Witnesses describe shooting that set off Memphis rampage
MEMPHIS, Tenn. (AP) — A man testified Tuesday that he saw an acquaintance shoot his friend and business partner, unprovoked, outside his Tennessee home in a killing that authorities said sparked a daylong crime rampage that paralyzed Memphis and led to an intense manhunt.
Marcus Cash was one of four people at a gathering at his house who testified at a preliminary hearing for 19-year-old Ezekiel Kelly, who has been charged with killing three people and wounding three others on Sept. 7 as he drove around Memphis, livestreaming some of his activities on social media.
The shootings shut down much of the city. As police searched for the gunman, the minor-league Memphis Redbirds cleared the field during a game and public transportation was halted. Friends and relatives texted each other to make sure they were OK.
Kelly was arrested after he crashed during a police chase that night. He initially was charged only with first-degree murder in the slaying of Dewayne Tunstall at about 1 a.m. outside Cash’s home in east Memphis. Tuesday’s preliminary hearing was related only to that count.
Kelly was later charged in a 26-count indictment related to the other shootings. Kelly has pleaded not guilty to charges that include first-degree murder of Allison Parker and Richard Clark, attempted murder and committing an act of terrorism.
Mariko Webb, Marquez Murrell and Markaveon Walker testified that they and Kelly went to Cash’s house to eat chicken from a food truck, which Cash and Tunstall had planned to start as a business. Those at the gathering were carrying guns, but they were enjoying each others’ company, the witnesses said.
“We were chillin’, we were coolin’,” Webb said.
At one point, Kelly told Webb that he was going to take someone’s gun, Webb testified.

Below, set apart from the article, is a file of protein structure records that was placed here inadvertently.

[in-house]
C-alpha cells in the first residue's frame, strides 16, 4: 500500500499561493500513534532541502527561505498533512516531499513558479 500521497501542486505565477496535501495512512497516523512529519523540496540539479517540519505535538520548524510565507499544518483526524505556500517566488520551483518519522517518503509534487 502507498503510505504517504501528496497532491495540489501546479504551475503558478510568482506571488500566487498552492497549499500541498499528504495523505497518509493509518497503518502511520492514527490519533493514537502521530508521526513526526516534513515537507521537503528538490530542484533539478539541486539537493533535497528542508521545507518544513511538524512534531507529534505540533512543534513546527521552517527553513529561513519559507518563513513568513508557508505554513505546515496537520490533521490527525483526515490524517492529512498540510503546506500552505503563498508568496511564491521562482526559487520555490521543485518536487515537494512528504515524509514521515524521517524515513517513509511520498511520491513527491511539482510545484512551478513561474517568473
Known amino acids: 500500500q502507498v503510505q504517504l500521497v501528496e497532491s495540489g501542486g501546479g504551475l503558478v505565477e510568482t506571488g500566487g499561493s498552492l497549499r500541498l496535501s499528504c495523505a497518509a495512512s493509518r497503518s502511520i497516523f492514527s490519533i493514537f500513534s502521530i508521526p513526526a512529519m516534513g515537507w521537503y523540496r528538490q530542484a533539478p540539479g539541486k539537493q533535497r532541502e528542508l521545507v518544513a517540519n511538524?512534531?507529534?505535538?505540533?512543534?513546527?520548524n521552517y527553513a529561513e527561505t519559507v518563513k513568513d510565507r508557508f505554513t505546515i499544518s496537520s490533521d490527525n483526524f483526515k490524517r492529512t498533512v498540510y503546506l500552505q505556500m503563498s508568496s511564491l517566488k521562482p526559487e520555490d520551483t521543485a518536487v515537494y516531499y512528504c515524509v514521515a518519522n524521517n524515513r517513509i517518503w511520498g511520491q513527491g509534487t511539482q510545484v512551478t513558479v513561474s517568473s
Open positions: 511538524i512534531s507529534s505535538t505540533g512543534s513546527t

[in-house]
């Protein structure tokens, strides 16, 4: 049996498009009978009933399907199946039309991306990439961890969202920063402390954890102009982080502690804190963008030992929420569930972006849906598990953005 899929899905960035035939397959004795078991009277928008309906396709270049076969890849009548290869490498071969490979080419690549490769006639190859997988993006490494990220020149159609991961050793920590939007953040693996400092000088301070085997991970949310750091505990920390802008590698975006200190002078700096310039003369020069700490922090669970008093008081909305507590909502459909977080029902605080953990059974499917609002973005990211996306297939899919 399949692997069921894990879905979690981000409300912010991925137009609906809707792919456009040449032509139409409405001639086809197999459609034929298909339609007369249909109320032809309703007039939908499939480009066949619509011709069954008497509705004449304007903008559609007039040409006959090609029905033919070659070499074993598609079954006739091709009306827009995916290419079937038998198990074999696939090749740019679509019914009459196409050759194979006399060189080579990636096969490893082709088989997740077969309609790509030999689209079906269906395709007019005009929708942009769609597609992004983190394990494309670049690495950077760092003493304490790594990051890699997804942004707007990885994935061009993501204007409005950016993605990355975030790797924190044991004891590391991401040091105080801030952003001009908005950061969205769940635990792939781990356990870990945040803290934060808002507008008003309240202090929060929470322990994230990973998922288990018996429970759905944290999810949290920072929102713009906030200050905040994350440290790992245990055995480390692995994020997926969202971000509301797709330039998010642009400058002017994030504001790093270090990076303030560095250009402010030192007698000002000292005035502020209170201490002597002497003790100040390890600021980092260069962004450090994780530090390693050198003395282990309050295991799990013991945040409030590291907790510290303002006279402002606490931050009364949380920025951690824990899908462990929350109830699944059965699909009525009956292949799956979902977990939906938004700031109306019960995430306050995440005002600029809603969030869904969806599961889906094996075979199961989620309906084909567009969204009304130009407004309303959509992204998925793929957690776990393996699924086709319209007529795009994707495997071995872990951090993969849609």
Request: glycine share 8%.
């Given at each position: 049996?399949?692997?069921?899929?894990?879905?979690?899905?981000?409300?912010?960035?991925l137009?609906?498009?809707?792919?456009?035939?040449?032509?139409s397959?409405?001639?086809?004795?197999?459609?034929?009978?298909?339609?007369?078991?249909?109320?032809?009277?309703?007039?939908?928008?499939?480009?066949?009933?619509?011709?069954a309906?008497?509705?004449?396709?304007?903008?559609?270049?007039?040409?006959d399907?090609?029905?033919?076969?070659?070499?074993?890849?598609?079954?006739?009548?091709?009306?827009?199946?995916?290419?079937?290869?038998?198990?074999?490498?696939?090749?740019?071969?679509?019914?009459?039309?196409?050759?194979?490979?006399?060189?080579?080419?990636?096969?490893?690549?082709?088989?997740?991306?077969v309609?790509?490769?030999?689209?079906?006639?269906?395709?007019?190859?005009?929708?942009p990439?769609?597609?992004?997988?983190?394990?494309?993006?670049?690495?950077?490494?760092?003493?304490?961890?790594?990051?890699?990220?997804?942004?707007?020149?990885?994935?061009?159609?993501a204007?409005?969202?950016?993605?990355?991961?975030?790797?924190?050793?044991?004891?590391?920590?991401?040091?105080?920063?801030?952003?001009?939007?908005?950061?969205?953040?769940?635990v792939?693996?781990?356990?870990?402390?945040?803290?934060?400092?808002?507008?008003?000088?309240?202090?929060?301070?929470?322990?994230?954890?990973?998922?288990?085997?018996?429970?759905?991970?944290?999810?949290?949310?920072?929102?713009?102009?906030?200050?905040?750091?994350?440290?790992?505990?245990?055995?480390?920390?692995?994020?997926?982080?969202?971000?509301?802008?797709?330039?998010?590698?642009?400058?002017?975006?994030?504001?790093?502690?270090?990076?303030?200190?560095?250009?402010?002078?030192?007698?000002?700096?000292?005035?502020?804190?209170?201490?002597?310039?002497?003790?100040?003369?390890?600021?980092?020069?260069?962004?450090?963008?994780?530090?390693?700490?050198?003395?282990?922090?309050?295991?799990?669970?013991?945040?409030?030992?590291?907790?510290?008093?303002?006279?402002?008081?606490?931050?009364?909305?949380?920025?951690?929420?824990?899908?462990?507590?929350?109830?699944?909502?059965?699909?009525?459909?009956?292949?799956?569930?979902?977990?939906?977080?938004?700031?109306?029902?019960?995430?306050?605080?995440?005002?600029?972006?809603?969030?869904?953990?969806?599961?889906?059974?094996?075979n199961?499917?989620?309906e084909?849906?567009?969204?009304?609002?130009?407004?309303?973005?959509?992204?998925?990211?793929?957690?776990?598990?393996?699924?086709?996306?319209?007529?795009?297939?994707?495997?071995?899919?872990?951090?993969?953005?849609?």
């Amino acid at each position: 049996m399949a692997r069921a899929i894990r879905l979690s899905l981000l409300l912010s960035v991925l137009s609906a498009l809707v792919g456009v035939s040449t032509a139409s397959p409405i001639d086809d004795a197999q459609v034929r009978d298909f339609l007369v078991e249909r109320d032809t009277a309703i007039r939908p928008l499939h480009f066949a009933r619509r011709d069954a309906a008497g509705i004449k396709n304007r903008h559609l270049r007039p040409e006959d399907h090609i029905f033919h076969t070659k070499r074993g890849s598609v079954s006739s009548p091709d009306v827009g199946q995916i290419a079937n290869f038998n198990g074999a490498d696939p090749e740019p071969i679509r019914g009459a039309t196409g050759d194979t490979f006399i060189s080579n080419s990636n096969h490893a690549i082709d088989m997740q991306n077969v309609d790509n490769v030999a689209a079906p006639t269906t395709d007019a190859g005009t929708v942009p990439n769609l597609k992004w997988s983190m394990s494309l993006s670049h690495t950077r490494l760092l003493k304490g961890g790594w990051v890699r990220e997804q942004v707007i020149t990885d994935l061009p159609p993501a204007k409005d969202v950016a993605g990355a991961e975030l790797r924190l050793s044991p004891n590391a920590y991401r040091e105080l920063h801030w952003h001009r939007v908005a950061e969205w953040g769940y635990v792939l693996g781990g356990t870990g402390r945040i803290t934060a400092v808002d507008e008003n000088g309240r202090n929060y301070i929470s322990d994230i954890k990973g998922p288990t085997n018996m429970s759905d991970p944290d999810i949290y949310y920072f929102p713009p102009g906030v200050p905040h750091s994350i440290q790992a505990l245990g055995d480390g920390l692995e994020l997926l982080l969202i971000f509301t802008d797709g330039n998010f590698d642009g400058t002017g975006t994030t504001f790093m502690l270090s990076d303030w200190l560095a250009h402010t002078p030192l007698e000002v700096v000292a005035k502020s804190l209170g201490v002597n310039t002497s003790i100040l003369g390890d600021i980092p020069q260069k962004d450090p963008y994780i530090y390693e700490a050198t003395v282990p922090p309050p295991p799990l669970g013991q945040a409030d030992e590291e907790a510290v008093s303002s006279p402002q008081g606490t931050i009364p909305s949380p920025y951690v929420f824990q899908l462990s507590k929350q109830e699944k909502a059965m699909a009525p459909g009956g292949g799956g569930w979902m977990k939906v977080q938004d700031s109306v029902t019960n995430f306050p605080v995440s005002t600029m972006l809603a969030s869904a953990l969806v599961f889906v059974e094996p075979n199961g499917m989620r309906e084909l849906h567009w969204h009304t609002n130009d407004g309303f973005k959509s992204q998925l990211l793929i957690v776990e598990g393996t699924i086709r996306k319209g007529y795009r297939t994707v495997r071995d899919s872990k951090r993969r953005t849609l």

“Watch this,” Kelly said, according to Webb.
After eating, the group went outside to look at the food truck, the witnesses said. The group then gathered in a dark driveway to talk, the witnesses said.
Cash said he was standing next to Tunstall when Kelly shot Tunstall at close range.
“He was so close to me, I thought I was next,” Cash said.
After the shooting, Kelly tried to get into a car with Webb, Murrell and Walker, but he was refused entry, Murrell said.
“Everyone was screaming, `Get away from us,’” Murrell said.
Kelly’s lawyer, Jennifer Case, pressed the witnesses about having guns on them and suggested that some of them gathered to talk about the shooting after the fact to come up with a plan to “pin” it on Kelly. They denied doing so.
Under questioning from Case, Webb said Kelly used drugs and did not sleep much.
Case also questioned Cash about statements he made to police and the media after the shooting about being inside his home when the shooting happened. Cash said he lied about being inside the house — where his two young children and his girlfriend were — to avoid being identified as a witness while Kelly was on the run. At least one bullet went through the window of a room where the children were in bed.
“I’m protecting my family,” Cash said.
While the witnesses said they heard the shooting and ran away or hid to protect themselves, only Cash said he actually saw Kelly shoot Tunstall.
After the testimony, prosecutor Chris Lareau said Kelly’s statements about taking someone else’s gun amounted to premeditation.
Case argued that the witness statements were inconsistent and not credible. But Shelby County General Sessions Judge Karen Massey ruled that there was enough probable cause for the case to be presented to a grand jury for a possible indictment on first-degree murder.
Prosecutors have said that the two cases against Kelly eventually will be combined.